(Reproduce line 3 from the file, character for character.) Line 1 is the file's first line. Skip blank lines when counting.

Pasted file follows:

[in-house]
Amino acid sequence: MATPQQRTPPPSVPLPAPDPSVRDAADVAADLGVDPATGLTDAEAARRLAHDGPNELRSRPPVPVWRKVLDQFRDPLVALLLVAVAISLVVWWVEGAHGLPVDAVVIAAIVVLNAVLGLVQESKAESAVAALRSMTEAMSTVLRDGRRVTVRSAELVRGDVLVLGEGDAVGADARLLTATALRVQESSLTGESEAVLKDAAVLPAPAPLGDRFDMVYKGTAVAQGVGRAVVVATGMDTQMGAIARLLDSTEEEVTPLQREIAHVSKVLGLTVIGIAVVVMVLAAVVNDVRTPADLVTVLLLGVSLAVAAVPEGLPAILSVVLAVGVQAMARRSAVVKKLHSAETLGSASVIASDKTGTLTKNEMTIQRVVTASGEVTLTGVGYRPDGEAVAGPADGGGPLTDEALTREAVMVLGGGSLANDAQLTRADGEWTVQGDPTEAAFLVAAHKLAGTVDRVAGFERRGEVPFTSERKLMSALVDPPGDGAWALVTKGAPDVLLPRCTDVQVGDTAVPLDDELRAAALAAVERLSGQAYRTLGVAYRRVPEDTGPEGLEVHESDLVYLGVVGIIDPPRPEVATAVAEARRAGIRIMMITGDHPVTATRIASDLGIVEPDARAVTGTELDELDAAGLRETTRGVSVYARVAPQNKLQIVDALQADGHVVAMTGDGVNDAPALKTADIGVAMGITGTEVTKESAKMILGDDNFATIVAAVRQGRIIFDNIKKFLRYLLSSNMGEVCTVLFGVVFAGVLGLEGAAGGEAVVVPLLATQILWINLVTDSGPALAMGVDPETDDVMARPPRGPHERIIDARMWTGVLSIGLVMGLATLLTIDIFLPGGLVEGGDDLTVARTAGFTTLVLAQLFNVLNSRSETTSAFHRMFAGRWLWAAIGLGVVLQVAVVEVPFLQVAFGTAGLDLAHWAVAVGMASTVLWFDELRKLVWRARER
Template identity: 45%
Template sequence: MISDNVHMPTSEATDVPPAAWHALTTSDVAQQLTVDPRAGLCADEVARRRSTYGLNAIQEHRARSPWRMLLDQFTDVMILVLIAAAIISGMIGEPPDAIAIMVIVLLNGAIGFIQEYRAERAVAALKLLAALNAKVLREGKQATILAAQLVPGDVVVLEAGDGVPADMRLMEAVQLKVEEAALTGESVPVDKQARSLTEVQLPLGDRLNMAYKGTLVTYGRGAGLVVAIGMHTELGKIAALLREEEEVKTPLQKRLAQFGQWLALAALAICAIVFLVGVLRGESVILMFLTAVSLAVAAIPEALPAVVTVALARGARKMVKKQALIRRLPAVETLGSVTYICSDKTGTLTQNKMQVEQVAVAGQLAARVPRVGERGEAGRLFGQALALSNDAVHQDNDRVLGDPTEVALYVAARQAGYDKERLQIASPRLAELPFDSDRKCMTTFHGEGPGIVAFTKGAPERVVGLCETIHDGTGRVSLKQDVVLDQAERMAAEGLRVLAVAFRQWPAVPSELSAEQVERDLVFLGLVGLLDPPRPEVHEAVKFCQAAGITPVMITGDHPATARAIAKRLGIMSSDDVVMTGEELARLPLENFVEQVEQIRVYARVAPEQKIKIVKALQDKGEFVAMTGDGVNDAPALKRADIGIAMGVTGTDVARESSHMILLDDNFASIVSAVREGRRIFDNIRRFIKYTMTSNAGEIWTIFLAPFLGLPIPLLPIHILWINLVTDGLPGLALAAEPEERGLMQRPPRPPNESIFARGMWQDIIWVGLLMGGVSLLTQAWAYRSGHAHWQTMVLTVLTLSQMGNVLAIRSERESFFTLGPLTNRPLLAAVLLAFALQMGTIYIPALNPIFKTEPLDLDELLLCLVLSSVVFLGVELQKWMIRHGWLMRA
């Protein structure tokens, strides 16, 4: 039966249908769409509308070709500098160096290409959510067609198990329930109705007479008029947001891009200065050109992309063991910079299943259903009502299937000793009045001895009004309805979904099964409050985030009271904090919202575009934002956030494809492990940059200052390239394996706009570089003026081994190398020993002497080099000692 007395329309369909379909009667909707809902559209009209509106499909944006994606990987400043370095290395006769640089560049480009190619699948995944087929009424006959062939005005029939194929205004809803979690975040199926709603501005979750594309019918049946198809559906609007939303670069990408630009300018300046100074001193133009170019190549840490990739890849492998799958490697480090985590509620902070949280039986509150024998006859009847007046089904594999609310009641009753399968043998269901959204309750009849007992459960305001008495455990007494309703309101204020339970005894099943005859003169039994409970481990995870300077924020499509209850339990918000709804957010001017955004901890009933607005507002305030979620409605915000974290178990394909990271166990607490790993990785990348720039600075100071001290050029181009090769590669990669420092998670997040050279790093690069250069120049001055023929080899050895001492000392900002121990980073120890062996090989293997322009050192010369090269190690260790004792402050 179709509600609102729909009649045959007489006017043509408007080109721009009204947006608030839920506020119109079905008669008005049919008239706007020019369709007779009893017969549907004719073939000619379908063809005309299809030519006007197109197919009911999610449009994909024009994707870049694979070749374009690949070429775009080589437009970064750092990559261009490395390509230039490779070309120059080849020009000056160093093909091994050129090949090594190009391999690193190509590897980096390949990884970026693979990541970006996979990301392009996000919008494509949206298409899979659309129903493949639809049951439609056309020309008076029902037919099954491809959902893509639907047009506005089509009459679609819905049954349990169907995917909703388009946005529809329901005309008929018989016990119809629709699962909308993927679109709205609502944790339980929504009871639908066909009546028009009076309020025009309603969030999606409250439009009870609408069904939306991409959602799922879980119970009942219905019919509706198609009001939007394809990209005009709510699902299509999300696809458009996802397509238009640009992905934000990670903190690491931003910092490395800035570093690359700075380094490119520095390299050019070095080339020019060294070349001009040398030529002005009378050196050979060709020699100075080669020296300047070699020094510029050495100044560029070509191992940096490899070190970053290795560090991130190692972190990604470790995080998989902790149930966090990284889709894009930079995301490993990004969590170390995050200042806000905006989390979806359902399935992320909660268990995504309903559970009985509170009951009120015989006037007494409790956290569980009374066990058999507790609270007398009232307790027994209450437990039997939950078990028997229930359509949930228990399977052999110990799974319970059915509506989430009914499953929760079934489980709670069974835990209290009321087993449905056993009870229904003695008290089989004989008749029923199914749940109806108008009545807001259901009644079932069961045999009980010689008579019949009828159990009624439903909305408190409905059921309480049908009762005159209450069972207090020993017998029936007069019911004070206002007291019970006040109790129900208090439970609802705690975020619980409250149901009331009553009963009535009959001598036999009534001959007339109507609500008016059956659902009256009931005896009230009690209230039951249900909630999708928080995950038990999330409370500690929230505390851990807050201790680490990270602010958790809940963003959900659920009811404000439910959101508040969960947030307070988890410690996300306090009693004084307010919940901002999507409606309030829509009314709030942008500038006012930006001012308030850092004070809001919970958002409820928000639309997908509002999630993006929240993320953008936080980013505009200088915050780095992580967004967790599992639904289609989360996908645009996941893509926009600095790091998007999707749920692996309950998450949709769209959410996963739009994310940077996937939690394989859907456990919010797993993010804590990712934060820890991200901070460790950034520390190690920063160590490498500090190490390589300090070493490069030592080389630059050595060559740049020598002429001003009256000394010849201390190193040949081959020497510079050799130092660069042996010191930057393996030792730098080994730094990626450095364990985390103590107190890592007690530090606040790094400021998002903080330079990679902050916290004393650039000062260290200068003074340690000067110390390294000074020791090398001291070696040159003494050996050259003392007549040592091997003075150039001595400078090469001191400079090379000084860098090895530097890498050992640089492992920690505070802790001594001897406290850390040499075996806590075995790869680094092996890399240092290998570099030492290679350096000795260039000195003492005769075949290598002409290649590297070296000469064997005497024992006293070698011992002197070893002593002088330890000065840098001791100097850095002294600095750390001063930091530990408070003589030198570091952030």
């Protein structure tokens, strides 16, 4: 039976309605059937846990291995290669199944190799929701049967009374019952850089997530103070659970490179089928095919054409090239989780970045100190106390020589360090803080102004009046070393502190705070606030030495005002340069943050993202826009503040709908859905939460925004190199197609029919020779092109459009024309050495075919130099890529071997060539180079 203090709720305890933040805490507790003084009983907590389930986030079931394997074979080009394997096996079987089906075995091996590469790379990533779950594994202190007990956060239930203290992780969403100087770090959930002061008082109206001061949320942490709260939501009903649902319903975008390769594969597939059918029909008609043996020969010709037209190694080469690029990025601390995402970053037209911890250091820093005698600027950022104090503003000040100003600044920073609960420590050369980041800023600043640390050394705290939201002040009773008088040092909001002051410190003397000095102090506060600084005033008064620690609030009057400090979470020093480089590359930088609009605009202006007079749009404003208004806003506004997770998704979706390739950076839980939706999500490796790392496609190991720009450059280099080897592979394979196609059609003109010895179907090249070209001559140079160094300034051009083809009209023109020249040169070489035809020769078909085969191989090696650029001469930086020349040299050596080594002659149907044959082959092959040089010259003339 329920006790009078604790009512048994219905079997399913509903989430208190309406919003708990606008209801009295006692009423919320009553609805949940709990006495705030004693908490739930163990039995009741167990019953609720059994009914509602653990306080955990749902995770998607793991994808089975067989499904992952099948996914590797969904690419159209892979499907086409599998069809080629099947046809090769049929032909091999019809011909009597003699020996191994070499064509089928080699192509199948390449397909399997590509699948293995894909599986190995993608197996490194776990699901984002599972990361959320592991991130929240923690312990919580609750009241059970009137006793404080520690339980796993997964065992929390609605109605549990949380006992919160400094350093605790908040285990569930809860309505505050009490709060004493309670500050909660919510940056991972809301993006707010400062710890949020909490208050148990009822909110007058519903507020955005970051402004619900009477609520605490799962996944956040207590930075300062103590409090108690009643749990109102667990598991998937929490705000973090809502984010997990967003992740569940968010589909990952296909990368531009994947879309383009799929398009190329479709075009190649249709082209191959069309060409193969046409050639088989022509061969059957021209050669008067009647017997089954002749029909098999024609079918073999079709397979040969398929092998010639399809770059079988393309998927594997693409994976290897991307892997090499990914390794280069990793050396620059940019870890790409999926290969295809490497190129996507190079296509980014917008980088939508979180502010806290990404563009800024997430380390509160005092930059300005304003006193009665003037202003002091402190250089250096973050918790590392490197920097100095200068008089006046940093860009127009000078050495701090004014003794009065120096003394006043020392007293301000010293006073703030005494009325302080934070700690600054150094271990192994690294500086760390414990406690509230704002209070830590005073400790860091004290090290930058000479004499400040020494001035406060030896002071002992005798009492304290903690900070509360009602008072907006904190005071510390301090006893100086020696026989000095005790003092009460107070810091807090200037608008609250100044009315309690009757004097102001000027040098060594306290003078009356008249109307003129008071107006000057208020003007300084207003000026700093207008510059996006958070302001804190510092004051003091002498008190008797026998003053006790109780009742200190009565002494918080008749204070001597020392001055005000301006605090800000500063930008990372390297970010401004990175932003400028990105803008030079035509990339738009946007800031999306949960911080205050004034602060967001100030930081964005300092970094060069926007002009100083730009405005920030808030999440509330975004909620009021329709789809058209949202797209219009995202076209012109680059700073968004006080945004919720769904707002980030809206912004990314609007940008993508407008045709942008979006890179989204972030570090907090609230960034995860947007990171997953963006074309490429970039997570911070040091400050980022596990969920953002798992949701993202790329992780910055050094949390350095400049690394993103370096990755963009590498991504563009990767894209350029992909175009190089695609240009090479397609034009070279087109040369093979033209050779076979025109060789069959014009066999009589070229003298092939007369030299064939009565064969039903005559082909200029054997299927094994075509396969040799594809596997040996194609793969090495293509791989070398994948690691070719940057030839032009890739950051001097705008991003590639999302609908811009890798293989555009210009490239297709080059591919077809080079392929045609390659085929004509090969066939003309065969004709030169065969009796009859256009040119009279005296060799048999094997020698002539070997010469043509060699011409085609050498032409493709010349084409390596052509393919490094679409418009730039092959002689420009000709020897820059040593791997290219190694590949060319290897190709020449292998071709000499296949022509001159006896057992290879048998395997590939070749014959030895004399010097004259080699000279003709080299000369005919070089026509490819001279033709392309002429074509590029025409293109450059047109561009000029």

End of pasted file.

Template identity: 45%